Psilocybe baeocystis Growing Conditions
Like other wood-loving psilocybe species, P. baeocystis appears synanthropic—a fancy word for “growing in human-created habitat.” In this case, the fungus enjoys a mulched bed of wood chips, such as in cultivated flower beds or under bushes. It also sometimes grows through moss and grass, but usually, in these cases, the mycelium feeds on wood buried beneath the surface. Though most wood-loving Psilocybe species seem to prefer hardwood chips (from trees that lose their leaves over winter), researchers documented P. baeocystis growing on chips from conifers like Douglas fir (Pseudotsuga menziesii). P. baeocystis is rarely found growing outside of a human-cultivated habitat.
Within its limited range of the Northern Pacific Northwest, Psilocybe baeocystis grows from late summer to early winter. They usually grow as single mushrooms scattered over a wider area or in loose groups. Occasionally, P. baeocystis grows in dense clumps, a growth pattern mycologists call “caespitose.”
Psilocybe baeocystis Identification
Psilocybe baeocystis grows to a maximum height of 2 ¾ inches (7 cm), with a maximum cap diameter of slightly over 2 inches (5.5 cm). The cap’s edges characteristically turn inwards in younger specimens, giving the mushrooms a knobbly-round appearance. As the cap matures, it takes on a more rounded cone shape, with the cap margin unfurling and hanging down with a distinct rippled appearance. In very old specimens, the cap can occasionally open out and flatten completely, but this is rarely seen.
When moist, the cap has a sticky or shiny appearance and takes on a dark olive-brown to yellowish-brown color. Occasionally, fresh Psilocybe baeocystis caps can display an eye-catching steel blue. Like many other Psilocybe species, the cap is hygrophanous—it changes color as it dries out. It becomes darkly orange-brown in the center and tan to off-white towards the edges.
The gills of Psilocybe baeocystis are colored gray to cinnamon brown and are crowded together under the cap. The gills attach to the stem broadly (adnate) or with a smooth notch (sinuate). The partial veil that covers the gills has a weblike appearance (cortinate) and detaches from the stem without leaving a visible ring (annulus). The stem is about 0.1 inches (2-3 mm) thick, relatively straight, and whitish-brown in color: Sometimes, it becomes more yellow towards the base. Like other wood-loving Psilocybes, the bottom of the stem is usually attached to thick root-like strands of mycelium called rhizomorphs.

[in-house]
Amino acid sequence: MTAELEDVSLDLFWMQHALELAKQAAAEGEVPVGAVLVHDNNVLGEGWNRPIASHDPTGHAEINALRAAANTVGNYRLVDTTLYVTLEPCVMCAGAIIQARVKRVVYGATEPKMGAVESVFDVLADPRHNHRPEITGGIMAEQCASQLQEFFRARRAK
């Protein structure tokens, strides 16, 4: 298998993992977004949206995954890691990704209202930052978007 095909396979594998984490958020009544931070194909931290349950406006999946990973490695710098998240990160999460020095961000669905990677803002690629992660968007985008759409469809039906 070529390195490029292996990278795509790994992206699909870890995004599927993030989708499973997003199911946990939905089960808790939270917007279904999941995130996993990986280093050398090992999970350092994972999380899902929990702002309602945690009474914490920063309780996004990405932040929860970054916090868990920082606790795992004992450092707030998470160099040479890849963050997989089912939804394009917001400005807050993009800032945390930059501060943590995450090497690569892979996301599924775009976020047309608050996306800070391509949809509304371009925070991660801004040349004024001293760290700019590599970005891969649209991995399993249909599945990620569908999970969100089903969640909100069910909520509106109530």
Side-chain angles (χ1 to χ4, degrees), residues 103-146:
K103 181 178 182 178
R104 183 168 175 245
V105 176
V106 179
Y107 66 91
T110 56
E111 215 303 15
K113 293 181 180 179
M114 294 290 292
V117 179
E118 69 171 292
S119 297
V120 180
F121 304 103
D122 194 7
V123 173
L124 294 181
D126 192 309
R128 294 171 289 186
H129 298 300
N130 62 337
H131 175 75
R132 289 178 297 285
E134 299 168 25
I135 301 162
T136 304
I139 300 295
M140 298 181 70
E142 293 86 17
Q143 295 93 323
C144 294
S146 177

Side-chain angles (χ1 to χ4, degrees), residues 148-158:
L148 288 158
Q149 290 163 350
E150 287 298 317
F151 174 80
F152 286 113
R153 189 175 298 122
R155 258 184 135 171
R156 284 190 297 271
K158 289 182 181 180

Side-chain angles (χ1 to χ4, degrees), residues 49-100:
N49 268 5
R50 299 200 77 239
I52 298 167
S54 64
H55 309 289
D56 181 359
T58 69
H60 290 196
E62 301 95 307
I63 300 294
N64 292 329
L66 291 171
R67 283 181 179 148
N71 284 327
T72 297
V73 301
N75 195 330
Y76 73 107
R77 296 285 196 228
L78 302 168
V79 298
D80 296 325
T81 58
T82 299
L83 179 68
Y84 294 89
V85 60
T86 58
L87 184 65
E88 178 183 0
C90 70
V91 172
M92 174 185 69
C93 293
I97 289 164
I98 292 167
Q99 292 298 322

Like other Psilocybe mushrooms, the stem and cap of Psilocybe baeocystis quickly bruise blue when damaged.
Psilocybe baeocystis Spore Print
Like almost all other species in the genus, the spore print of Psilocybe baeocystis is purplish black.
Psilocybe baeocystis Look-alikes
Potential misidentification is a risk with all mushrooms—and with rare mushrooms like Psilocybe baeocystis, the risk could arguably be higher, especially if you find yourself very determined to find it. Regardless of the mushroom you’re looking for, always cross-reference your findings with websites like The Shroomery, Mushroom Observer, or iNaturalist, as well as enlist the help of your local mycology group. Remember that possessing psilocybin and the mushrooms that contain it is still illegal in many areas of the world, so be careful when out foraging.
To the beginner forager, most wild magic mushrooms can be misidentified for similar “little brown mushrooms” in the genera of Galerina, Cortinarius, Hypholoma, and Leratiomyces—some of which can be deadly. Beyond these, there are several species within the Psilocybe genus that P. baeocystis may be mistaken for.
Psilocybe baeocystis is sometimes found growing alongside species like Psilocybe cyanescens, Psilocybe cyanofibrillosa, and Psilocybe stuntzii: All three share the same habitat. When trying to tell these apart in the field without a microscope, the key identifying feature of P. baeocystis is its inwardly-curved, knobbly cap.
The closely related Psilocybe aztecorum can resemble Psilocybe baeocystis, especially when dried, as both mushrooms take on a similar whitish color. Suppose you know your way around a microscope. In that case, Psilocybe aztecorum can be separated from Psilocybe baeocystis based on features that are too small to see with the naked eye, like the earlier mentioned cheilocystidia. In addition, Psilocybe aztecorum has a broader range and is found more commonly in Mexico, Northeastern USA, and Canada.